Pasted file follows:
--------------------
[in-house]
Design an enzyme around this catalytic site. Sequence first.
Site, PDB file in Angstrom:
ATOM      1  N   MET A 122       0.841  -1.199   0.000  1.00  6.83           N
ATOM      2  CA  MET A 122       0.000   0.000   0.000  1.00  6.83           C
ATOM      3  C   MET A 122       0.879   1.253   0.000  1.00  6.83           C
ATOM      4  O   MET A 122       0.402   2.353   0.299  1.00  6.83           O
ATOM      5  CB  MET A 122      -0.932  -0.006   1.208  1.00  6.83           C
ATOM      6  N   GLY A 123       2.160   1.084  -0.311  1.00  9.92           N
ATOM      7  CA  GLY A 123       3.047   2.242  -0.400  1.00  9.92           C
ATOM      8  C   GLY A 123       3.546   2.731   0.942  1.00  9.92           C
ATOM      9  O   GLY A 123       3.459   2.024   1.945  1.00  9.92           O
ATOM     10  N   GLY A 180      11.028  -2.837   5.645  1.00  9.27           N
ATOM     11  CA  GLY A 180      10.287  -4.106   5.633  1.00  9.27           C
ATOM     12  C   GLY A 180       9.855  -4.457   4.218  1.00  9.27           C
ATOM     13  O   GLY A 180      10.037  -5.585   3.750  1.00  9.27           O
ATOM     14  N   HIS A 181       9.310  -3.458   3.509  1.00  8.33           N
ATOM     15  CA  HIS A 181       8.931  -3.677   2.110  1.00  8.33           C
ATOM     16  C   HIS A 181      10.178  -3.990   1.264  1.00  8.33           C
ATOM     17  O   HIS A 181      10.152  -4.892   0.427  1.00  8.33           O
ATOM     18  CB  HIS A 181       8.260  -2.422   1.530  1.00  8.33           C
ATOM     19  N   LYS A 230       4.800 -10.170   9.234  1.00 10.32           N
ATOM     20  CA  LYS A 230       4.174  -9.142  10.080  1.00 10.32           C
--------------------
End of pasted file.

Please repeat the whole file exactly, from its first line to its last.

[in-house]
Design an enzyme around this catalytic site. Sequence first.
Site, PDB file in Angstrom:
ATOM      1  N   MET A 122       0.841  -1.199   0.000  1.00  6.83           N
ATOM      2  CA  MET A 122       0.000   0.000   0.000  1.00  6.83           C
ATOM      3  C   MET A 122       0.879   1.253   0.000  1.00  6.83           C
ATOM      4  O   MET A 122       0.402   2.353   0.299  1.00  6.83           O
ATOM      5  CB  MET A 122      -0.932  -0.006   1.208  1.00  6.83           C
ATOM      6  N   GLY A 123       2.160   1.084  -0.311  1.00  9.92           N
ATOM      7  CA  GLY A 123       3.047   2.242  -0.400  1.00  9.92           C
ATOM      8  C   GLY A 123       3.546   2.731   0.942  1.00  9.92           C
ATOM      9  O   GLY A 123       3.459   2.024   1.945  1.00  9.92           O
ATOM     10  N   GLY A 180      11.028  -2.837   5.645  1.00  9.27           N
ATOM     11  CA  GLY A 180      10.287  -4.106   5.633  1.00  9.27           C
ATOM     12  C   GLY A 180       9.855  -4.457   4.218  1.00  9.27           C
ATOM     13  O   GLY A 180      10.037  -5.585   3.750  1.00  9.27           O
ATOM     14  N   HIS A 181       9.310  -3.458   3.509  1.00  8.33           N
ATOM     15  CA  HIS A 181       8.931  -3.677   2.110  1.00  8.33           C
ATOM     16  C   HIS A 181      10.178  -3.990   1.264  1.00  8.33           C
ATOM     17  O   HIS A 181      10.152  -4.892   0.427  1.00  8.33           O
ATOM     18  CB  HIS A 181       8.260  -2.422   1.530  1.00  8.33           C
ATOM     19  N   LYS A 230       4.800 -10.170   9.234  1.00 10.32           N
ATOM     20  CA  LYS A 230       4.174  -9.142  10.080  1.00 10.32           C